- I don't know if I should be replying to you Tony, but the indentation indicates you are replying to me. I assume you are not referring to the talk section I linked to. Because it is not as you described: "rather diffuse thread-fest: everyone's wishing each other happy new year." --Timeshifter (talk) 04:47, 3 January 2012 (UTC)
- These graphs look strange. As someone whose day job involves time series analysis there are several things that come to mind. First, the "active editors" curve is smooth and well behaved up until about (eyeballing) March 2007. Up to this time we see a rising trend that is beginning to decrease a bit. We might expect it to asymptote like a logistic growth curve, or level off and gradually decline, but instead the trend suddenly screeches to a halt and reverses. If this were a scientific graph I'd immediately begin looking for a change in data collection methods. Then, if we could assure ourselves that the data series is consistent, we would look for a new process or other change that was introduced at this point. So, what happened in March-April 2007? Second, the lack of any relationship between the "active editors" and "retention rate" seems slightly odd. The retention rate began decreasing around the start of 2005, and has been quite smoothly decreasing at a decreasing rate up to the present. It's looks just a little strange for this curve to be totally decoupled from the number of active editors. (Yes, I'm aware that one is a number and the other is a ratio, but it's still a little puzzling that they're totally independent). To summarize my slightly long-winded musings, I think it's worth asking (1) if we're certain that the curves are showing us what we think they're showing us and (2) if so, what happened in March 2007? Short Brigade Harvester Boris (talk) 03:54, 4 January 2012 (UTC)
- The chart is from a study by Howie Fung and Diederik van Liere. I can't comment on the retention plot. The active editor plot corresponds with the one from wikistats , which has completely independent data gathering. This broken trend line has been discussed for years. I don't know of any good explanation for why the change in 2007 was so sudden. More generally speaking I do think the steep growth up to 2007 was partly because more and more people got the news about this Next Big Thing Called Wikipedia. At some point, presumably around 2007, nearly all internet users in many countries with high internet reach were aware of Wikipedia's existence, saturation near 100%, S-curve flattened out. Then as novelty effect wore off, some people who were marginally interested, but wanted to experience the newest hype, left for the Next Big Thing. Therefore comparing our current metrics with the peak in 2007 feels somewhat artificial to me. It would have been different if we had had a longer history, say with a steady state for 10 years, and only recently numbers started to drop. Of course the often mentioned aspects like less welcoming attitude towards newbies, and progressively difficult syntax, emerging social sites, etc all played their part. But my personal hunch is that Wikipedia's fast rise to fame, and the resulting the hype factor, is often underrepresented in explaining our modest decline in editors since 2007. Erik Zachte (talk) 07:13, 4 January 2012 (UTC)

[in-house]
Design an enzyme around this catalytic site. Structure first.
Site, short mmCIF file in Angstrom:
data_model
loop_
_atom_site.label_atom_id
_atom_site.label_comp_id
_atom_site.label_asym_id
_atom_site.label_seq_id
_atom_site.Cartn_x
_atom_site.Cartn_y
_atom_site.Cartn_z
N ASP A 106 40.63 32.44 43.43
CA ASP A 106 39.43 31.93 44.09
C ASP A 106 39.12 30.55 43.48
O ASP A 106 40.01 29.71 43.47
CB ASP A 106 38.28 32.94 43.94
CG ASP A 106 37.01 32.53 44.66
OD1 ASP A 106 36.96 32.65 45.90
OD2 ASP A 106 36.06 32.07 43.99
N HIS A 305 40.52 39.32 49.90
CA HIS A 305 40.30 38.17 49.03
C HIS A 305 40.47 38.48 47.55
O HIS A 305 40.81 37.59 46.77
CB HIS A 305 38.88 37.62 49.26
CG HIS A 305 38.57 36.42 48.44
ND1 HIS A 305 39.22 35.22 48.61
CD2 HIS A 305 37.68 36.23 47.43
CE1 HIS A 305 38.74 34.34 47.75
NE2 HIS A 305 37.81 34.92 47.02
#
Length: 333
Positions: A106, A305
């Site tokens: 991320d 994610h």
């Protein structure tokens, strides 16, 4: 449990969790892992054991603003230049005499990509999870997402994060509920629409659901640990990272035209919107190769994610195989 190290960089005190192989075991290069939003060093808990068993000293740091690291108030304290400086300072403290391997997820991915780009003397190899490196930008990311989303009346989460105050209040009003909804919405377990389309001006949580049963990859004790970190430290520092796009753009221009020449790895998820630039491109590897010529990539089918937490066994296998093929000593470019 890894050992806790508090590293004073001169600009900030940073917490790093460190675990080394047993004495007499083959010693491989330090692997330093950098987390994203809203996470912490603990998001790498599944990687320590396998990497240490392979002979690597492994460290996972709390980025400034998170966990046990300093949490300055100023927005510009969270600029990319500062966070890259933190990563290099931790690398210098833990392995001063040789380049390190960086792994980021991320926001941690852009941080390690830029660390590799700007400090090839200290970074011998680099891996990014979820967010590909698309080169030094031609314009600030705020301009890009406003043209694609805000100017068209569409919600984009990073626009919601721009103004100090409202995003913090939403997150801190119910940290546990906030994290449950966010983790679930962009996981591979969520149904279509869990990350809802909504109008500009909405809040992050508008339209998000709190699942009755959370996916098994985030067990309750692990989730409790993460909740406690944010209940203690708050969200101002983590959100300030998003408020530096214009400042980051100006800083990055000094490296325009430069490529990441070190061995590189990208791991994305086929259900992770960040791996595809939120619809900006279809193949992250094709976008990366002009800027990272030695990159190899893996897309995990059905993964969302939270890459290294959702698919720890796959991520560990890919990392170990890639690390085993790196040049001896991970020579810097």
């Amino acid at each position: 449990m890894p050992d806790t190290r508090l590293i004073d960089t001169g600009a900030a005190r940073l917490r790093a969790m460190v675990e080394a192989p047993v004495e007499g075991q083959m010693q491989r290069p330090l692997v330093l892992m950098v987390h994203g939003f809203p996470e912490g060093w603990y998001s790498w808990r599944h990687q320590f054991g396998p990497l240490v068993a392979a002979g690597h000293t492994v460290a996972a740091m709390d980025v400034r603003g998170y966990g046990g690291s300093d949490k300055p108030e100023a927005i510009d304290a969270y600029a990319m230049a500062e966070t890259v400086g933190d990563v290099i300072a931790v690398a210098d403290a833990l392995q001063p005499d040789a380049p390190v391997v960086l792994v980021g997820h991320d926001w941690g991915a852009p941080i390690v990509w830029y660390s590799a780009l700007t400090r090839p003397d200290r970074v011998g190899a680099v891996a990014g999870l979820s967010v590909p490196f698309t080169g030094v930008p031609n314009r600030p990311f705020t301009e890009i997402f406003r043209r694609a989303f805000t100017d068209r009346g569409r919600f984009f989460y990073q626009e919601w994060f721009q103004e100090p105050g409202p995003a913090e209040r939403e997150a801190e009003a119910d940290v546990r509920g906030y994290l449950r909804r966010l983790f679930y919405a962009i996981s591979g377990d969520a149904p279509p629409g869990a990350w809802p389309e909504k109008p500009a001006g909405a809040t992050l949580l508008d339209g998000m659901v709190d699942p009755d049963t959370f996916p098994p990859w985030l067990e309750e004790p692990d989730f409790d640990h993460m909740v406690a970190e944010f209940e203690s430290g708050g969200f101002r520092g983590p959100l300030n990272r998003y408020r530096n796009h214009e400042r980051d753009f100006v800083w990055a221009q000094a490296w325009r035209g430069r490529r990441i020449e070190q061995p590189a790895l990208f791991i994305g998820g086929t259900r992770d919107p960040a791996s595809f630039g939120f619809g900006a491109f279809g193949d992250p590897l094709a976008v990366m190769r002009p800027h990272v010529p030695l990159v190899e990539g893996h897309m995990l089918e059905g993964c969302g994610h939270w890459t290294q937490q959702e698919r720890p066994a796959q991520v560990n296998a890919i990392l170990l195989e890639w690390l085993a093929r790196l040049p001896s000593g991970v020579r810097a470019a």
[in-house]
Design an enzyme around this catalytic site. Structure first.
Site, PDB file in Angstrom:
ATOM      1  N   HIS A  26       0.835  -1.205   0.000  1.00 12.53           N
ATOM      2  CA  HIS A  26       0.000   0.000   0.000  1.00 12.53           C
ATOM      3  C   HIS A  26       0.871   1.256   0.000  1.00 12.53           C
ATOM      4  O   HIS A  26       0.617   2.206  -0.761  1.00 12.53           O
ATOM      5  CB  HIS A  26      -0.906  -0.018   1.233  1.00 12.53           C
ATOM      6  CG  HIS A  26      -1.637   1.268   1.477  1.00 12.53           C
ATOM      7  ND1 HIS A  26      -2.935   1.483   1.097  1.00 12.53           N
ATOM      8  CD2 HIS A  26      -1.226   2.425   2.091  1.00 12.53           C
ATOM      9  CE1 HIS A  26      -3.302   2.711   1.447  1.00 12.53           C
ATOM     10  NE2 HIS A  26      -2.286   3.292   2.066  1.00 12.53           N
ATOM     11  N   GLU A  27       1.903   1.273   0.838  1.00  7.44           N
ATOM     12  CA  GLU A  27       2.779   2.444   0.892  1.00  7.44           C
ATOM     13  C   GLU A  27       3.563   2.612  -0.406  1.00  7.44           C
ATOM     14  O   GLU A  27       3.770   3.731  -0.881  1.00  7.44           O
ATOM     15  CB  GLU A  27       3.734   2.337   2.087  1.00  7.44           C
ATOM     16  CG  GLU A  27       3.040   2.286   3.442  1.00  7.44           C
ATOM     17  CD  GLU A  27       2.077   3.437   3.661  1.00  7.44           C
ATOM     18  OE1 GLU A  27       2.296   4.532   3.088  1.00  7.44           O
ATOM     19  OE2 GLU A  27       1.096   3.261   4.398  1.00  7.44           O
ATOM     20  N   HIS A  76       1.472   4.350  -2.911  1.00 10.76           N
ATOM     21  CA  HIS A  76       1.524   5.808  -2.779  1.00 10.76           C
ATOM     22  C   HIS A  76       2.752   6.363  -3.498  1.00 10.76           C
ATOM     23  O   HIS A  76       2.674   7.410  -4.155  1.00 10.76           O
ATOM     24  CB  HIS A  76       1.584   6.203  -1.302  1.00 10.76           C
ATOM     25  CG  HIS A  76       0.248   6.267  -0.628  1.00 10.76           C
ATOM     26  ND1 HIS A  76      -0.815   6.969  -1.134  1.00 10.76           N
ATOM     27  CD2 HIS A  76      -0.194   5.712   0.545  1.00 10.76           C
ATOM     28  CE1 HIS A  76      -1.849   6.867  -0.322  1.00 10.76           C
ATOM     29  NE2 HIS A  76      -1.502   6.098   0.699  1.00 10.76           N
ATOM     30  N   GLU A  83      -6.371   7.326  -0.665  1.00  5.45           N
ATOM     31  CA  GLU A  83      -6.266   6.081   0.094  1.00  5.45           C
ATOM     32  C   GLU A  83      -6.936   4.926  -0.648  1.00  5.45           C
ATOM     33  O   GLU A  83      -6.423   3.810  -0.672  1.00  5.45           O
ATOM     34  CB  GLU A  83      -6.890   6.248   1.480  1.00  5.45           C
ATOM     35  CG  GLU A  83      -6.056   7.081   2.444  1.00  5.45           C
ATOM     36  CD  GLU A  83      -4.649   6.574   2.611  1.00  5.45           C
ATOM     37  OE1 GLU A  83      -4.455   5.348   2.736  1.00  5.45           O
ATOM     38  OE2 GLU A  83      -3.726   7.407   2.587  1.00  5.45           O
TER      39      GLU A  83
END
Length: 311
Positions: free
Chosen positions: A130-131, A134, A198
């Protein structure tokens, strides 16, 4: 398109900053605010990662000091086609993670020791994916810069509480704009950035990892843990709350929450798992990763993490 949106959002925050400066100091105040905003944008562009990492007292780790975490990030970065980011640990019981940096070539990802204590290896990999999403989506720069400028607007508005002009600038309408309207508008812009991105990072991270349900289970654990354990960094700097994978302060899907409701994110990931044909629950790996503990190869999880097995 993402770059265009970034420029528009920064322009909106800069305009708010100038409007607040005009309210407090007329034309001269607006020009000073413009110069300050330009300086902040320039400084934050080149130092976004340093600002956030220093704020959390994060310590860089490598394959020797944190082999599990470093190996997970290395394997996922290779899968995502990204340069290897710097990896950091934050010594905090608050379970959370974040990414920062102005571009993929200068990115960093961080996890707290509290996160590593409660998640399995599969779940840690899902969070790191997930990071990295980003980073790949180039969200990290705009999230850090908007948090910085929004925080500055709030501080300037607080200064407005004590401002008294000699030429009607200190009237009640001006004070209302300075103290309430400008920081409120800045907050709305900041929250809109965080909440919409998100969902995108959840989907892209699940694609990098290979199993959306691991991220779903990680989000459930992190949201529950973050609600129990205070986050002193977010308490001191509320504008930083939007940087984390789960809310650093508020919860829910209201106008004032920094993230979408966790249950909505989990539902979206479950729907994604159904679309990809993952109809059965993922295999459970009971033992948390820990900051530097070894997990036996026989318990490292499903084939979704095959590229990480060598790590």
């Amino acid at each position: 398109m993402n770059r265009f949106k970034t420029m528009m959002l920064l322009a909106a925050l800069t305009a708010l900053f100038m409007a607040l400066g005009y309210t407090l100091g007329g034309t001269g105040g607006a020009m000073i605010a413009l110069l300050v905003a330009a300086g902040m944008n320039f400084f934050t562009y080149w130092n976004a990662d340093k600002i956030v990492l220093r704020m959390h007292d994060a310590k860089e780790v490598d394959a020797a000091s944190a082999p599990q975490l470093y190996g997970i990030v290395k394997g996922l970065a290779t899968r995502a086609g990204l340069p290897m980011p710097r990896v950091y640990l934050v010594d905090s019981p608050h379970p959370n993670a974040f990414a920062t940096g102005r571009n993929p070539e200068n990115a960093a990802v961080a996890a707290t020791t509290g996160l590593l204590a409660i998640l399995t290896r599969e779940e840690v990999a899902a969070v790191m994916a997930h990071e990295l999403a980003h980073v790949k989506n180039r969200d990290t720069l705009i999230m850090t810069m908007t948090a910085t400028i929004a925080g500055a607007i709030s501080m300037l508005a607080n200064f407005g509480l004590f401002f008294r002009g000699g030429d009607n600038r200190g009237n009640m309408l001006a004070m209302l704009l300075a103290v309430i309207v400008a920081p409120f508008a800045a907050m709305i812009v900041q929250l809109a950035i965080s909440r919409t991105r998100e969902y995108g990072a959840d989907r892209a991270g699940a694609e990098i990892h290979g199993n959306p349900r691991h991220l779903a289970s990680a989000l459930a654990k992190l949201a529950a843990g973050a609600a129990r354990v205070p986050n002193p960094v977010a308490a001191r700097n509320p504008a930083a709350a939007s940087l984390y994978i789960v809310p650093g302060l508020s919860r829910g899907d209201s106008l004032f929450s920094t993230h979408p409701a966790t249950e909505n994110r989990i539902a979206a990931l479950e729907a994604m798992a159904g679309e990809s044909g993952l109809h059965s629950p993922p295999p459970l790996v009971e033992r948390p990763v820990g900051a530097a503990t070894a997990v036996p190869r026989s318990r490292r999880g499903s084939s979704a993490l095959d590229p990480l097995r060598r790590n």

- See below: #Schools/colleges banned Wikipedia in 2007. -Wikid77 09:53, 6 January 2012 (UTC)
- What happened was the start of deletionism as a major force and crackdown on the very open culture. The first larges cale example was the Userbox wars in 2006, and crackdowns on wheel warring in 2007. Those crackdowns changed the culture from the laid back culture wikipedia had when it started. CD-Host (talk) 22:15, 30 May 2012 (UTC)
- To my knowledge, the sudden plateau of active editors in March 2007 is not the result of a change in data collection. I haven't seen any evidence that suggesting a change in either the way we capture the data, or the way "active editors" is defined. This plateau has actually been pretty well documented (see Ed Chi's paper). I actually spoke with him a while back and he was telling me that when his team started analyzing the data, they were also surprised at the sudden plateau and thought it might have been due to a glitch in the data. They conducted their own investigation and concluded that the plateau was in fact a real effect.
- I actually agree with Erik's Zachte's comment on the "hype factor." I do think part (though not all) of the rise and subsequent plateau may be explained by more and more people finding out about Wikipedia and becoming interested in the project.
- I'm not sure what you mean by the lack of any relationship between "Active editors" and "retention rate". If anything, the two seem to be inversely related. Can you clarify? Howief (talk) 16:55, 4 January 2012 (UTC)
I'm someone who started here in March 2010 and am still going quite strong here. It is my firm belief that the people who stay here are usually the people who take the time to make minor edits and read around the project pages to find something they enjoy. I started off by trying to remove the word "perished" from articles, and when I found myself enjoying it I started to branch out, eventually finding NPP. I did it quite voluntarily, but the vast majority of new users don't, and that's when they run into trouble. People who want to immediately do everything, be it trying to gain every possible userright, immediately try to set speed records as vandal fighters/NPPers, or write a brand new article, tend to get smacked down because there's no possible way they can use those tools/complete those tasks as effectively as is necessary, and as much as we want to be nice we can't mess around in those areas. As Sue says in the interview, we can't expect people to immediately become great editors; it'd be helpful to promote, for instance, WP:GOCE so editors can get a start doing something which won't run them into really severe trouble while simultaneously giving them a glimpse of just how diverse our topics are.